September is National Suicide Awareness and Prevention Month. Suicide is a topic that we must always address with a sense of compassion. We must address it with a sense of compassion out of respect for those who struggle with the thoughts, for those who have completed the act, and for those who have lost family members and friends in this manner. It’s a tough topic, but it’s one that needs to be tackled.
According to the Center for Disease Control, suicide is the 10th leading cause of death in the United States. Between 42,000 and 44,000 individuals commit suicide each year, which comes out to about 115 per day, or one every 15 minutes. It is estimated that roughly 25 persons attempt suicide for each person that completes it, which means that well over half of a million people attempt suicide each year in the United States. Studies show that suicide is on the rise, particularly among those who are younger. There has also been a decline in the percentage of Americans who see suicide as morally problematic.
That means Americans are more likely to feel suicidal, and less likely to encounter someone who would tell them it’s morally problematic.
So what is behind the numbers, and why are we seeing a rise in the suicide rates?
This are complex questions, but it should be noted that at the same time the suicide rate has been climbing, religious participation has been declining, the traditional nuclear family is less and less common, and a Godless, morally relativistic society is rising from the ashes of a formerly Christian nation. Certainly correlation does not imply causation, but I think we are kidding ourselves if we believe that these things are not connected to one another.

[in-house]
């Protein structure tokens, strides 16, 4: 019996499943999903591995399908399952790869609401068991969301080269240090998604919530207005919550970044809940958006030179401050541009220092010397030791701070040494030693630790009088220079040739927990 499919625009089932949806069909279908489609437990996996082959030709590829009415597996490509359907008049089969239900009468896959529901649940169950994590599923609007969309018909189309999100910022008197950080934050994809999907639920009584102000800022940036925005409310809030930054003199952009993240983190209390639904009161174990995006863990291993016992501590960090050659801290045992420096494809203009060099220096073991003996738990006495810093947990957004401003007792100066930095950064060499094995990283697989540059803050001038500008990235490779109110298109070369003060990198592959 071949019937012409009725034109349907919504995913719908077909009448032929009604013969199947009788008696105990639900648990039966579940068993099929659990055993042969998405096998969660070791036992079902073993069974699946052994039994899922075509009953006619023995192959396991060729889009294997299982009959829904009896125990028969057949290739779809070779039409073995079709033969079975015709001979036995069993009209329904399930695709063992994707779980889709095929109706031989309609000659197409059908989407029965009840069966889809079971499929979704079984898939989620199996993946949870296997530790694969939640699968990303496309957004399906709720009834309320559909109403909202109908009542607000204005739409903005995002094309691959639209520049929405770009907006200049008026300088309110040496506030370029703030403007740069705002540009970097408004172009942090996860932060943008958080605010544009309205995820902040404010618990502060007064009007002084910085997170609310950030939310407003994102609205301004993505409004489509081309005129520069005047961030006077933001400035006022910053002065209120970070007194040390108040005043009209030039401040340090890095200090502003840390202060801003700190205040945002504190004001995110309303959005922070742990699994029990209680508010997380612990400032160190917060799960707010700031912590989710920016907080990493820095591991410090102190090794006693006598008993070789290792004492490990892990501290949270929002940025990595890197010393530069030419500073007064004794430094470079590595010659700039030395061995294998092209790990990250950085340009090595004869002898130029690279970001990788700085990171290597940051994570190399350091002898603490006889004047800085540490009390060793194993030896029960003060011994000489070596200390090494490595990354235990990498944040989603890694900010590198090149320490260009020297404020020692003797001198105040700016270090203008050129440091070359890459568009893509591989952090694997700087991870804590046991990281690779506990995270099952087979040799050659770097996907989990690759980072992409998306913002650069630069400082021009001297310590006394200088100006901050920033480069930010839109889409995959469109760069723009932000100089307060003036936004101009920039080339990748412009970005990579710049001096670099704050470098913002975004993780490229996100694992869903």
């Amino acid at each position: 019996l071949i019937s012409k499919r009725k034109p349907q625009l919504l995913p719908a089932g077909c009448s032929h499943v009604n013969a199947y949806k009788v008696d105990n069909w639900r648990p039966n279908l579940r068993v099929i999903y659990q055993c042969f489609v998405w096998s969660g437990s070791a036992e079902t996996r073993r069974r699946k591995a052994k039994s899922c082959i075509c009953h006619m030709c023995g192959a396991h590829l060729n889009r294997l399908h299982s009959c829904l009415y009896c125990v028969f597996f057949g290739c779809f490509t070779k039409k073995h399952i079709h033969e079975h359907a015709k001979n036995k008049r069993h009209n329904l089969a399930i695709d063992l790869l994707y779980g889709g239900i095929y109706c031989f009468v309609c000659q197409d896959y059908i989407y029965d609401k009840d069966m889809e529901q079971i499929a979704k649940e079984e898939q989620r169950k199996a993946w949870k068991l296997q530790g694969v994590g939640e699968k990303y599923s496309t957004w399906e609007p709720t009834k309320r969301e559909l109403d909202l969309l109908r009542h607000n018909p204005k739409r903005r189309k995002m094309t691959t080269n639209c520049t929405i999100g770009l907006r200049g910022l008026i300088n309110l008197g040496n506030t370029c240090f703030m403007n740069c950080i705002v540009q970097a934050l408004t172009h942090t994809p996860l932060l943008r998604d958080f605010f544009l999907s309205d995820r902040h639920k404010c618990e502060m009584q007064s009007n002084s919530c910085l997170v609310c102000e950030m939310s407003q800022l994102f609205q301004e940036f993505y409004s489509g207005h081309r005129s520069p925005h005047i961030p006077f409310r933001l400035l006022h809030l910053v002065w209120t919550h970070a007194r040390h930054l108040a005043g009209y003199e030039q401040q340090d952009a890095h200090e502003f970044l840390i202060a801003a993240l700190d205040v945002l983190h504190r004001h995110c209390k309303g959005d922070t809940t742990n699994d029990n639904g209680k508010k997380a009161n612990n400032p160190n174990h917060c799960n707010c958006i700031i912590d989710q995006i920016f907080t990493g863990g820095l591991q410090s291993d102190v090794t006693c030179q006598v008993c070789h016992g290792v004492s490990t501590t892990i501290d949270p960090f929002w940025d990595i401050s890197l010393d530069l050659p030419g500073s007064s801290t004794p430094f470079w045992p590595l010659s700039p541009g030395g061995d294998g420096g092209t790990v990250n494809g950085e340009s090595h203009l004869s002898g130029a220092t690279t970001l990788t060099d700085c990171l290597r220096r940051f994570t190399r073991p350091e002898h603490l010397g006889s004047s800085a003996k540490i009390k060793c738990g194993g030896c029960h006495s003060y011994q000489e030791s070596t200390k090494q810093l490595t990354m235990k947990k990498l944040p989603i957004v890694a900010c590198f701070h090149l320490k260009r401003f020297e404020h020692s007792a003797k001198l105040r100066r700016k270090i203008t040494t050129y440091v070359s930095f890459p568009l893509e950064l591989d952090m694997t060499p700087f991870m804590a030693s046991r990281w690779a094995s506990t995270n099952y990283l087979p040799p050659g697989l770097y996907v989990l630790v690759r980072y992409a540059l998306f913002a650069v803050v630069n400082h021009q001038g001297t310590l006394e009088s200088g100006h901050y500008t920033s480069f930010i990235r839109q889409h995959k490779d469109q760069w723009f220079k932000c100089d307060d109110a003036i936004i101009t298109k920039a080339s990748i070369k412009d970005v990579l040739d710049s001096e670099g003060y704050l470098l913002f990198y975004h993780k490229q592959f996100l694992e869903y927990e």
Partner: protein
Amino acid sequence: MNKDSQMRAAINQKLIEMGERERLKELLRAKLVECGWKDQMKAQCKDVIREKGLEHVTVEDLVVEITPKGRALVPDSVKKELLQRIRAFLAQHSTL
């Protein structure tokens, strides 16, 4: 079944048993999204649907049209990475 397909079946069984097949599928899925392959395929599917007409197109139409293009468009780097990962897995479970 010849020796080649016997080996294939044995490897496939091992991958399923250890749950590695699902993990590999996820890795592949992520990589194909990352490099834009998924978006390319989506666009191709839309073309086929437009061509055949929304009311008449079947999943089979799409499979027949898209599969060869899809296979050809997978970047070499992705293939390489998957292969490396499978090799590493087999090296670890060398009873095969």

A look at any survey will reveal a number of risk factors for increased suicidal thinking and preoccupation. Among these risk factors are a lack of meaning or purpose in one’s life, a lack of a sense of belonging, and a hopelessness about the future.
If we want to put a dent in the suicide rate, we need to begin by mitigating some of these risk factors. It’s clear that the first thing we can do to mitigate these risk factors is to strengthen the nuclear family.
The nuclear family is the foundational building block of society. It is where, as individuals, we first learn about our identity, who we are, and why we are. Have you ever met someone and asked them about themselves? This question is commonly met with answers that relate to one’s family, one’s upbringing, and where one is from. That’s because our very identity is rooted in our families.
When my kids get old enough and start asking these types of questions, they will learn that my wife and I love each other very much, and that they are the product of that love. They will know that they belong with us and that we love them unconditionally. The nuclear family is where an individual first learns about belonging. Strengthening nuclear families can help mitigate the rising suicide rate by helping individuals first experience that sense of belonging.
The family is also where we learn about solving conflicts, forgiving others, taking care of ourselves and forming relationships. Another element that we first learn about in our families is worship of our Creator, and it is in this worship that our final end is realized. We are made for Heaven, for union with our Creator.